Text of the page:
Efficacy of the starting drug lead was reasonable, albeit not optimal, and the toxicity profile was very encouraging. Yet, stability had to be improved, which challenged the researchers to conceiving improved variants of the peptide drug lead. New derivatives were synthesised and then tested in vitro and in vivo for stability, safety and efficacy. Several approaches were considered in the design of such derivatives, namely, the innovative combination of Ibuprofen (IBP), one of the safest NSAIDs (non-steroid anti-inflammatory drug), to the starting amidated-molecule.
    Overall, our data show enhanced brain targeting and analgesia in the absence toxicity and major side-effects (usually associated with opioids), which makes these new molecules extremely promising compounds for future pharmaceutical development.

    Publications in peer review Journals:

    Ribeiro MM, Pinto A, Pinto M, Heras M, Martins I, Correia A, Bardaji E, Tavares I and Castanho M. (2011) Inhibition of nociceptive responses after systemic administration of amidated Kyotorphin. British Journal of Pharmacology. 163 (5): 964-973.

    Ribeiro MM, Pinto A, Domingues M, Serrano I, Heras M, Bardaji E, Tavares I and Castanho M. (2011) Chemical conjugation of the neuropeptide kyotorphin and ibuprofen enhances brain targeting and analgesia. Molecular Pharmaceutics. 8 (5): 1929-40.

    Ribeiro MM, Franquelim HG, Torcato IM, Ramu VG, Heras M, Bardaji ER, Castanho MA. (2012) Antimicrobial properties of Analgesic Kyotorphin peptides unraveled through Atomic Force Microscopy. Biochemical and Biophysical Research Communications. 420 (3): 676-9.

    Ribeiro MM, Sá Santos S, Sousa DS, Oliveira M, Santos SM, Heras M, Bardaji E, Tavares I and Castanho M. (2013) Side-effects of analgesic Kyotorphin derivatives: advantages over clinical opioid drugs. Amino Acids. [DOI 10.1007/s00726-013-1484-2]

    Book chapter:

    Ribeiro MMB, Serrano ID and Sá Santos S. (2011) Turning endogenous peptides into New Analgesics: the example of Kyotorphin derivatives, In: Castanho M. and Santos N. (Eds), Peptide Drug Discovery and Development: Translational Research in Academia and Industry, first ed. WILEY-VCH Verlag GmbH & Co. KGaA, Weinheim, Germany pp 171-188. ISBN: 978-3-527-32891-8.

  • Team

    This project involves intersectorial (industry-academia) training of young researchers, international technology transfer and drug R&D.

    Participants Legal Entity Person-in-charge Country
    UL Instituto de Medicina Molecular
    - IMM Lisboa (Universidade de Lisboa)
    Miguel Castanho Portugal
    BLV Bioalvo S.A. Patrícia Calado Portugal
    UdG Universitat de Girona Eduard Bardají Spain
    Synovo Synovo GMBH Michael Burnet Germany
    UT Eberhard Karls Universitaet Tuebingen Stefan Laufer Germany



    There were five inter-sectorial secondments during the project, four of them being international. One academic researcher spent six months working abroad for a company and four biotech researchers of a company spent six months-periods in academia, three of them abroad.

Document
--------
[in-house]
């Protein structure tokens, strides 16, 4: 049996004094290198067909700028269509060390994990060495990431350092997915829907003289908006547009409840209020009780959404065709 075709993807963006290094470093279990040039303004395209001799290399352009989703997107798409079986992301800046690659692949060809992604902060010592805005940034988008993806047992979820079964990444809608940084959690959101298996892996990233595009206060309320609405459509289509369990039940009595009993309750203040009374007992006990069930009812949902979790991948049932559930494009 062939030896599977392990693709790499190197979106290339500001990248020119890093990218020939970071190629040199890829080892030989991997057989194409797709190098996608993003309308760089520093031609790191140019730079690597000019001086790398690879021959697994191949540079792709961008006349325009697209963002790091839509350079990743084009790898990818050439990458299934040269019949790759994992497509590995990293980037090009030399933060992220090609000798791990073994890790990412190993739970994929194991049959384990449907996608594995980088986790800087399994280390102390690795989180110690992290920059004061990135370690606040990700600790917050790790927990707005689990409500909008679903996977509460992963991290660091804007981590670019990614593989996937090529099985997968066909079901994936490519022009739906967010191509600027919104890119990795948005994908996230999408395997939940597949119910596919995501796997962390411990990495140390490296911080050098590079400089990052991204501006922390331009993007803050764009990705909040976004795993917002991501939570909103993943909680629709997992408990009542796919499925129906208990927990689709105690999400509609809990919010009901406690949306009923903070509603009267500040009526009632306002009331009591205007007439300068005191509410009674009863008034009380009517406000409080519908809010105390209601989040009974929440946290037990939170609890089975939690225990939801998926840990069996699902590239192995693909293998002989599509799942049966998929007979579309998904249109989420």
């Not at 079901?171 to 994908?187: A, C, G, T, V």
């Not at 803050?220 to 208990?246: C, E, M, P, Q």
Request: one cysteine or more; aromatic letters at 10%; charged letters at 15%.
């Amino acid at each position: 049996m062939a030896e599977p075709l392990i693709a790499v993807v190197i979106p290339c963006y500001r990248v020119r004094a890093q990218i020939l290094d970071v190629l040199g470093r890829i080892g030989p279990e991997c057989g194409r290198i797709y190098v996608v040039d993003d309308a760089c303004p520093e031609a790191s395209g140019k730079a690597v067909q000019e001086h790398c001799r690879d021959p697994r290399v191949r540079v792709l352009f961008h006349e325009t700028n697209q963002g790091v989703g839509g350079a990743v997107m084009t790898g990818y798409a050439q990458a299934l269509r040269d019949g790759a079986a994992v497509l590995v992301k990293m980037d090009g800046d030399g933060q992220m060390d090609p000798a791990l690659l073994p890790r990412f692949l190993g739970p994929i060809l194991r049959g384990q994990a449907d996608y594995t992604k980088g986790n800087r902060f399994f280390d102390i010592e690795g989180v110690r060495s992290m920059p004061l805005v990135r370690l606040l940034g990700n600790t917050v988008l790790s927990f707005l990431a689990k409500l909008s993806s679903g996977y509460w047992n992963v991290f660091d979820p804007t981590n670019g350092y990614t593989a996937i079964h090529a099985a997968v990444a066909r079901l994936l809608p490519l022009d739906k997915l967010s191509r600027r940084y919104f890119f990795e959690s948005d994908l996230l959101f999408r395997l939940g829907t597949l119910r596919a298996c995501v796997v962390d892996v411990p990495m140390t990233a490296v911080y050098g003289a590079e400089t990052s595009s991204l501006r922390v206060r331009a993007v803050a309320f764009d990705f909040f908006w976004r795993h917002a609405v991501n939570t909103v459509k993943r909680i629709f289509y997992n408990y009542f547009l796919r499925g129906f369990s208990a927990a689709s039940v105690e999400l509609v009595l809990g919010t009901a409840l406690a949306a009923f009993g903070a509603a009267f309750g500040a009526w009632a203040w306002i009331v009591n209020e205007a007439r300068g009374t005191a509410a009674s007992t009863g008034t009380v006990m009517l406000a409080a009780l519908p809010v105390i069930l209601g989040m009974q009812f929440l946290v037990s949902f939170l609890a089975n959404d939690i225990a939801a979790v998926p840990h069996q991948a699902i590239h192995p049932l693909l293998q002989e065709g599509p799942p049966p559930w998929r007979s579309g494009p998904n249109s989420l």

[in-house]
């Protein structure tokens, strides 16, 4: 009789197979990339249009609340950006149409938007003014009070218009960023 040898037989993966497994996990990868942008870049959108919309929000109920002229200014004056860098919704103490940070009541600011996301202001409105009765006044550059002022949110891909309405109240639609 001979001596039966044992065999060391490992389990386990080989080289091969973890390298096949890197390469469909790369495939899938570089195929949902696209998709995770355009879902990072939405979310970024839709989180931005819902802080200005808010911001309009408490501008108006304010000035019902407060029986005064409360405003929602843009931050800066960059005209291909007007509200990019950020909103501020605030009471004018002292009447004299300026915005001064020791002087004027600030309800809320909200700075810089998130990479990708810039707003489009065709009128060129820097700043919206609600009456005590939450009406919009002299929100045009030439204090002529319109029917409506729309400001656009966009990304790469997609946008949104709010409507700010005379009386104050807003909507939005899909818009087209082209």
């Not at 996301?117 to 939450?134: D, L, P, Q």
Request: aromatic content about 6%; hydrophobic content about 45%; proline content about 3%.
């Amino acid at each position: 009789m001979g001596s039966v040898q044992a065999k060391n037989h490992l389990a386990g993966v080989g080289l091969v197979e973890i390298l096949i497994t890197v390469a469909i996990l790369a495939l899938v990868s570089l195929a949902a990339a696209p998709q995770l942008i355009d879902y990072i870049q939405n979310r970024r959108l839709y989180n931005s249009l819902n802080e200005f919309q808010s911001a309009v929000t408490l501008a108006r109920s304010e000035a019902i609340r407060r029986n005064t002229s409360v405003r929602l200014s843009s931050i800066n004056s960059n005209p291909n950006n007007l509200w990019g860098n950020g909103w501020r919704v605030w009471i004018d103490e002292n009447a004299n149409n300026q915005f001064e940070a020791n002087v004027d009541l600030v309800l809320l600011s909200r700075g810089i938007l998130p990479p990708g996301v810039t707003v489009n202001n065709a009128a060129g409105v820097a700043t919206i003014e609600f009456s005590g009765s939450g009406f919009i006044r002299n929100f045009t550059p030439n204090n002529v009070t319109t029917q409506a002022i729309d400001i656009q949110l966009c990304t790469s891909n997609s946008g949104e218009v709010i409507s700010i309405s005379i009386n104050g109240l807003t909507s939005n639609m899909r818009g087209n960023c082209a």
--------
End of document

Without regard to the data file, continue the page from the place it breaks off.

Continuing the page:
Marta M B Ribeiro was a PhD student at Physical Biochemistry Unit, IMM (University of Lisbon), Portugal. She was a secondment at Synovo GMBH (Tubingen - Germany) for 6 months, starting in October 2009.
    On November 2012, Marta successfully defended her PhD thesis entitled "Improved analgesic Kyotorphin derivatives - correlating membrane interaction, brain targeting and pharmacological activities" (University of Lisbon, Doctorate in Biomedical Sciences). Supervisor of her doctoral thesis was Professor Miguel Castanho. Marta is now working as Technology Tranfer Officer in Spain.

    Marta Cerejo and Gonçalo Andrade are both researchers at Bioalvo, SA, Lisbon, Portugal. They were seconded to the Pharmaceutical/Medicinal Chemistry group at the Eberhard-Karls-University of Tubingen (Germany).

    Cátia Rodrigues is also a researcher at Bioalvo, SA. She was a secondment at the Physical Biochemistry Unit, IMM (University of Lisbon), from April to September 2009.

    Ricardo Pinto is also a researcher at Bioalvo, SA. He was seconded to Laboratori d'Innovació en Processos i Productes de Síntesi Orgànica (LIPPSO), Chemistry Departament, University de Girona (Spain) during the 2nd year of the project.


    - Marie Curie Fellowships - three researchers have been recruited as predicted:
    Kátia Conceição (PhD, Brazil) was recruited by IMM (University of Lisbon).
    Alexander Kuvshinov (PhD, Russia) was recruited by Bioalvo, SA.
    Vasanth Ganga Ramu (PhD, India) was recruited by UdG (Universitat de Girona).

    - Fundação para a Ciência e a Tecnologia (FCT) support to Marie Curie Actions in FP7 – one national recruitment by IMM of a postdoctoral fellow:
    Sónia Sá Santos (PhD, Portugal) joined Prof. Miguel Castanho´s group in December 2009.


  • Links

  • Project in the media

    • Youtube Videos for non-technical audiences:
      "Peptides against pain" (explaining the project itself)
      "Blood Brain Barrier" (workshop, project event)
    • A Web site in Portuguese is available for non-technical audiences, explaining the molecular and physiological basis of pain, with a sub-section devoted to the project itself URL:
    • Special attention was devoted to journalists and the press; news on the project have been diffused not only in the Portuguese radio but also internationally (for instance, Radio Paris International; broadcasted 15 September 2009).

    Some examples in the national radio and press:

    • Visão magazine, about project approval by the EC (6 November 2008);
    • Rádio Renascença, broadcasted 13 October 2009- concerning the Grunenthal Foundation Award in Pain Research (edition 2008), assigned to the IMM team and Oporto collaborators;
    • Correio da Manhã, article about Grunenthal Foundation Award (13 October 2009);
    • TSF- Rádio Jornal, a full-program interview (~45 min) about the Project and science in general; broadcasted 6 November 2009.
  • Contact Us

    Contact person: Miguel ARB Castanho (Professor)
    Instituto de Medicina Molecular, Faculdade de Medicina da Universidade de Lisboa
    Av Prof. Egas Moniz, Edíficio Egas Moniz, 1649-028 Lisboa
    Tel.: +35 121 798 51 36
    Fax.: +35 121 799 94 77



Funded under 7th FWP (Seventh Framework Programme)


Project Partners